As you can see, I had a lot of unpleasant thoughts dancing through my head, such that after 16 hours of coping with a headache that still hadn't crested that I was ready to ask for help. Fortunately, the oncology team that I work with in Duluth is on-call 24/7, and there was a doctor available to talk with me right away, even at 9 pm on a holiday weekend. My guy was worried about the possibility of bleeding in the brain (unlikely, but possible) and recommended a trip to the ER, which we dutifully took in the failing light (the sun sets late here in the North Country as we get close to Summer Solstice).
In situations like this the main strategy of emergency care medicine is to secure relief from pain and to discover, or rule out, dire causes. So ER docs are taught to look for boogey-men and then test for their presence—hopefully to eliminate them as being in play, but to respond promptly to them if they are. In my case, the docs were principally worried about bleeding in the brain, so that meant a CT scan of my head, followed by interpreting the results. Unfortunately, it took us until 1:30 am to get that far, and we still weren't done.
It happens (I didn't know this until yesterday) that CT scans are notorious for not giving a clear read on what's happening at the back of the head—which was the very spot in question. Ugh. That meant that the negative result was not conclusive, so the docs huddled and decided a lumbar puncture was called for, to see if there was blood in my spinal fluid. Double ugh. More fun yet.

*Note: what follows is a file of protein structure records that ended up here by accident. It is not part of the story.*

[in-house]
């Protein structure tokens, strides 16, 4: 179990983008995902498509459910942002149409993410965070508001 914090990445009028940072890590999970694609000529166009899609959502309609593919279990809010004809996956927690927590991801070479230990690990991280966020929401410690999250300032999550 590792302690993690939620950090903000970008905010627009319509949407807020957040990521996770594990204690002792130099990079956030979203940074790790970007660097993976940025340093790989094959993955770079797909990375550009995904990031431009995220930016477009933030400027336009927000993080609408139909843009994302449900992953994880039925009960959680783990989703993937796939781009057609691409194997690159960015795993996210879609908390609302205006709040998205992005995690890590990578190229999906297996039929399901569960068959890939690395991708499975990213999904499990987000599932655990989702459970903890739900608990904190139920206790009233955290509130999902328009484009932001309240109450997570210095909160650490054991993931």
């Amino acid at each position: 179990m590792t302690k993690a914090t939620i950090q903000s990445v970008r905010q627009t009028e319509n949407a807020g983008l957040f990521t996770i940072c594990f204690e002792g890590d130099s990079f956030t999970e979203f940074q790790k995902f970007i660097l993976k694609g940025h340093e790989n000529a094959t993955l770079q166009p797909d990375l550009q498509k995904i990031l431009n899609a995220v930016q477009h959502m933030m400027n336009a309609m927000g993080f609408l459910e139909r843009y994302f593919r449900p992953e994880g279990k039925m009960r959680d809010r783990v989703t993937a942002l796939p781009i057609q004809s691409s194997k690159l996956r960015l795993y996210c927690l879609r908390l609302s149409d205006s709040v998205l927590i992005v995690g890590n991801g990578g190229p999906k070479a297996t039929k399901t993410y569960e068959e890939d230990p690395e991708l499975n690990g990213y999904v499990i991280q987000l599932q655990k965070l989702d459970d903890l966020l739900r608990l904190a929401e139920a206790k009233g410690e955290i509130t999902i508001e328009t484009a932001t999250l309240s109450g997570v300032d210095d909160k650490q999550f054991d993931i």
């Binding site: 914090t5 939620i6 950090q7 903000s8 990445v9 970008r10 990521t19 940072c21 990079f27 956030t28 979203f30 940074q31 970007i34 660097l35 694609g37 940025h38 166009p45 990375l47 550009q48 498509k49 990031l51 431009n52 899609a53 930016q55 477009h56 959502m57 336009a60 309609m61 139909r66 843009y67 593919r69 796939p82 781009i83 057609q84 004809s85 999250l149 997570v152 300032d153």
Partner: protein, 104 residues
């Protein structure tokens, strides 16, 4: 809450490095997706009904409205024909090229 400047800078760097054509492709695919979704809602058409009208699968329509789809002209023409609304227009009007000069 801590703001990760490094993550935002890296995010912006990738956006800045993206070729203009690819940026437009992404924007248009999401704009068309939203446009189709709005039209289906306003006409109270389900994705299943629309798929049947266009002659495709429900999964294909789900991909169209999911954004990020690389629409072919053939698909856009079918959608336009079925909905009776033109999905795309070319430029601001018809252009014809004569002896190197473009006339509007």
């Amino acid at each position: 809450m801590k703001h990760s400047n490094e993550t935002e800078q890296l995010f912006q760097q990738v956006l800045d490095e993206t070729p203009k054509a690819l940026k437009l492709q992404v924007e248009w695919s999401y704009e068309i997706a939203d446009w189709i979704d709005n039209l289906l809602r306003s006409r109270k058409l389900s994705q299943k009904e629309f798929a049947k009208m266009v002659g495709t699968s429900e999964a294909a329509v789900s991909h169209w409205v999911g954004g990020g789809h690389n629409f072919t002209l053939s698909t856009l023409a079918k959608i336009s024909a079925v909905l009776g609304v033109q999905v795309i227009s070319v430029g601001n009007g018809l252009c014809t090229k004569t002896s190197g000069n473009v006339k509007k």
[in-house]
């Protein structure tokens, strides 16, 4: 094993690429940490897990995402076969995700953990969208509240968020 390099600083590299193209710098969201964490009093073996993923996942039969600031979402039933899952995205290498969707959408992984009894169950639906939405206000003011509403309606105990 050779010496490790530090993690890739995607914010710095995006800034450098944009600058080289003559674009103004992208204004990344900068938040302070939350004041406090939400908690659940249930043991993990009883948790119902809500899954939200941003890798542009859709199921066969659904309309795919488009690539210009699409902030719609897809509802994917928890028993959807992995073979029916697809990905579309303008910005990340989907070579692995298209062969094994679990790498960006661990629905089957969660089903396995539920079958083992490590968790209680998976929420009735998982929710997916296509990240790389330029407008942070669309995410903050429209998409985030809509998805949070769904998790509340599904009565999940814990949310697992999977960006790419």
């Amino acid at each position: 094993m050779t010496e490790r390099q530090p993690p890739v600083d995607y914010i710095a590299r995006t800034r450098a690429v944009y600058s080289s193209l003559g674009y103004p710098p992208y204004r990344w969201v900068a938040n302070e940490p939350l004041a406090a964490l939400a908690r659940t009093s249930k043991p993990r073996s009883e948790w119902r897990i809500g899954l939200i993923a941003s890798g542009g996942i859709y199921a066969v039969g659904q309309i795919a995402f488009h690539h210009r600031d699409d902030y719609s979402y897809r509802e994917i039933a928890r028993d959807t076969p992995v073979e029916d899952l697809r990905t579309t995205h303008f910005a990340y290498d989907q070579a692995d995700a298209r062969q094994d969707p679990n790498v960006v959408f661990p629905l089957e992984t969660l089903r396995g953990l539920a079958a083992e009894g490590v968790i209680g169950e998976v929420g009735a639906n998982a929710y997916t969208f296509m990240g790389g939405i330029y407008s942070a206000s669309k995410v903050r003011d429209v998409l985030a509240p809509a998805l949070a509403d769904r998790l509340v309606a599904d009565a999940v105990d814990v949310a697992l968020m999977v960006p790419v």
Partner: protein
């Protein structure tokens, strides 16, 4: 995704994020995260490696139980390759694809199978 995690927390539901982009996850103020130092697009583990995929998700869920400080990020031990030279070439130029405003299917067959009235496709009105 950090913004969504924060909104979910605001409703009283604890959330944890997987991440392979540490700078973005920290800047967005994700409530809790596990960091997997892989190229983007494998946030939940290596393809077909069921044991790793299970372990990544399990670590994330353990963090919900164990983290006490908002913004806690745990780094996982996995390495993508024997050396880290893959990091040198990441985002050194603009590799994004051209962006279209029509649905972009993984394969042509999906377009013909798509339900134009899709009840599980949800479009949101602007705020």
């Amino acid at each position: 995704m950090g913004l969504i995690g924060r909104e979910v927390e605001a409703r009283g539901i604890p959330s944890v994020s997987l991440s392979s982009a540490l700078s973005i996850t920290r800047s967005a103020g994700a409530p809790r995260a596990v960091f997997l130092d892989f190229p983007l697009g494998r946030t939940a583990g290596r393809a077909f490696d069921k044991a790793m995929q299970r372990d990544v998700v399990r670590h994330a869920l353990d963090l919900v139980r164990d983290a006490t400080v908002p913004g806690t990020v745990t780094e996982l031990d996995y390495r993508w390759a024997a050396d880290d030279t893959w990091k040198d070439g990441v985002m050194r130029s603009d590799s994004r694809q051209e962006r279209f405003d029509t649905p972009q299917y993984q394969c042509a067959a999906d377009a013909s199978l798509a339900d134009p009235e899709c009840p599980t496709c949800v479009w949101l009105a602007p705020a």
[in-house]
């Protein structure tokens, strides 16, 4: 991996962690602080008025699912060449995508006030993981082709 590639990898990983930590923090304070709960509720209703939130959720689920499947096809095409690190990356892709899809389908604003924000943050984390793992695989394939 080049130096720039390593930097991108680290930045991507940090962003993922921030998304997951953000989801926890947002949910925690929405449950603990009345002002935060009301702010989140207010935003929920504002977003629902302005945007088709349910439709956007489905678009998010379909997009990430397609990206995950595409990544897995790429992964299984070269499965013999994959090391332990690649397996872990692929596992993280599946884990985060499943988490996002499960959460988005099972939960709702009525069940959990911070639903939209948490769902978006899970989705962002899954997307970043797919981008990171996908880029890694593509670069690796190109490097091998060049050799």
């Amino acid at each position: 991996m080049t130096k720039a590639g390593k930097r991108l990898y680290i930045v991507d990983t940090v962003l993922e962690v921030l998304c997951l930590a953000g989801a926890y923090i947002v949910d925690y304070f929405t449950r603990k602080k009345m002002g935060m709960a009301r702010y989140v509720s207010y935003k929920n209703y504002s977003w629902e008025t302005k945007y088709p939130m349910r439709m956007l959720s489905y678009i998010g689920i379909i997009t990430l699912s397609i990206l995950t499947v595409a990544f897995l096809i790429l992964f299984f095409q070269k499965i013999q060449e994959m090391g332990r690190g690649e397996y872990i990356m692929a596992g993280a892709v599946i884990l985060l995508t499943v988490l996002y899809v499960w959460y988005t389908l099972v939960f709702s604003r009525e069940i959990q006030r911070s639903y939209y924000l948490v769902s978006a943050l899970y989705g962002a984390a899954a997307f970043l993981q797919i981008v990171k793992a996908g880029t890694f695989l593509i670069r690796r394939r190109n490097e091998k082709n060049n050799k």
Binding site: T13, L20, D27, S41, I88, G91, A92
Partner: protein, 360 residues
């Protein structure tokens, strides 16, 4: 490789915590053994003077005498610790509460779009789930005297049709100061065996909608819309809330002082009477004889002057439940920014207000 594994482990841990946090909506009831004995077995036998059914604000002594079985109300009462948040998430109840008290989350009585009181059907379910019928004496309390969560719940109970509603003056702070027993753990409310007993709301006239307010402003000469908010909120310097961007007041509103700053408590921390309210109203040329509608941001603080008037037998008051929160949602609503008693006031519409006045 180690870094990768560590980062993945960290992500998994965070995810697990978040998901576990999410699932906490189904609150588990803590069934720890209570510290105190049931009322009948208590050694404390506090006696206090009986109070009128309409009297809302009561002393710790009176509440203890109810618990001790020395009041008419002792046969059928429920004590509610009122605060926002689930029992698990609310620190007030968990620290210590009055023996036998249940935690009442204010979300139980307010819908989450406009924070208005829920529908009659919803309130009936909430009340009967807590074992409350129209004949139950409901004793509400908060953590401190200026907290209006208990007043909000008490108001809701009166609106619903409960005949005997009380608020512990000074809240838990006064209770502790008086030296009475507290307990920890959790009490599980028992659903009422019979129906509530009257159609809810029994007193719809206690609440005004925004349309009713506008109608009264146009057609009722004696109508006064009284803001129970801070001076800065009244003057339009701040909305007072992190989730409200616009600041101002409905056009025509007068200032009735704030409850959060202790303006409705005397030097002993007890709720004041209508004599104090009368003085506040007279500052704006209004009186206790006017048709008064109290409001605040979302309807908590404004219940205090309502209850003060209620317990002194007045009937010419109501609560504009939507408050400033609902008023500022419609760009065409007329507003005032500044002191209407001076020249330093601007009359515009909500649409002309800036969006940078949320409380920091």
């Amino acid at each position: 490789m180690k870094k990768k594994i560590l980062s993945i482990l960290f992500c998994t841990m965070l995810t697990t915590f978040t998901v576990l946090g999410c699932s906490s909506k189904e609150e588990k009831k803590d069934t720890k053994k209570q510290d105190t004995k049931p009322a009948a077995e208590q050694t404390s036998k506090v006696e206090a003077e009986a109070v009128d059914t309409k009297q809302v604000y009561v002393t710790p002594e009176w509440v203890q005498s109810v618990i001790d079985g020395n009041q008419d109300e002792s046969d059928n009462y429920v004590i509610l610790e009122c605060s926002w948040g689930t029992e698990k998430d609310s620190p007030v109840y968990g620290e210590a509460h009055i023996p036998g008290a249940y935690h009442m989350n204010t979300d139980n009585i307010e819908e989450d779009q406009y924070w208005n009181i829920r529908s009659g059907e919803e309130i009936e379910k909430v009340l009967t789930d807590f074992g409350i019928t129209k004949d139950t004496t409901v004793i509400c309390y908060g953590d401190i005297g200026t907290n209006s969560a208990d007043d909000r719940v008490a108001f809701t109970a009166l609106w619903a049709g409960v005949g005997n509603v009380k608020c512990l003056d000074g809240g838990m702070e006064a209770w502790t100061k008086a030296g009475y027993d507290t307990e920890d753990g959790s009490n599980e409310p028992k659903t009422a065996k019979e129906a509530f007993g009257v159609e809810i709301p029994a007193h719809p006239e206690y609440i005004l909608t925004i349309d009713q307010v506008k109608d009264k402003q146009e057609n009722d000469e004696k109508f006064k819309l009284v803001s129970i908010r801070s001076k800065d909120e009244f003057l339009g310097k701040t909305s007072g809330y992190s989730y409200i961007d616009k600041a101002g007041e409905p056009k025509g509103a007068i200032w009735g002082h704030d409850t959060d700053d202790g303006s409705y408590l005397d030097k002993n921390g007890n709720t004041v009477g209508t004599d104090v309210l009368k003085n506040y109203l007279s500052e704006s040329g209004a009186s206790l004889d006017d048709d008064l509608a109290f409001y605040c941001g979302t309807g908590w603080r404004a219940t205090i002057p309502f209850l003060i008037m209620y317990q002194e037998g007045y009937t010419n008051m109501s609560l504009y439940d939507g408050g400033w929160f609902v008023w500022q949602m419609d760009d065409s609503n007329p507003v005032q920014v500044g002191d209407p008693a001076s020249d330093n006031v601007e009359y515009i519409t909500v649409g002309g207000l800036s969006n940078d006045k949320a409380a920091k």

Though the puncture only took five minutes to perform, we didn't get it accomplished and the results examined until 4:30 am. Triple ugh. The end result of all this, I'm pleased to say, was that there was no indication of blood in my brain; I just had a garden variety headache of unknown origin. The upshot of this was that I could go home and enjoy the rest of my night. Whew!
Susan and I wearily drove home, just as dawn was beginning to lighten the Eastern sky.
It was a Memorial Day to remember. We were most grateful to be able to sleep in until 10 am.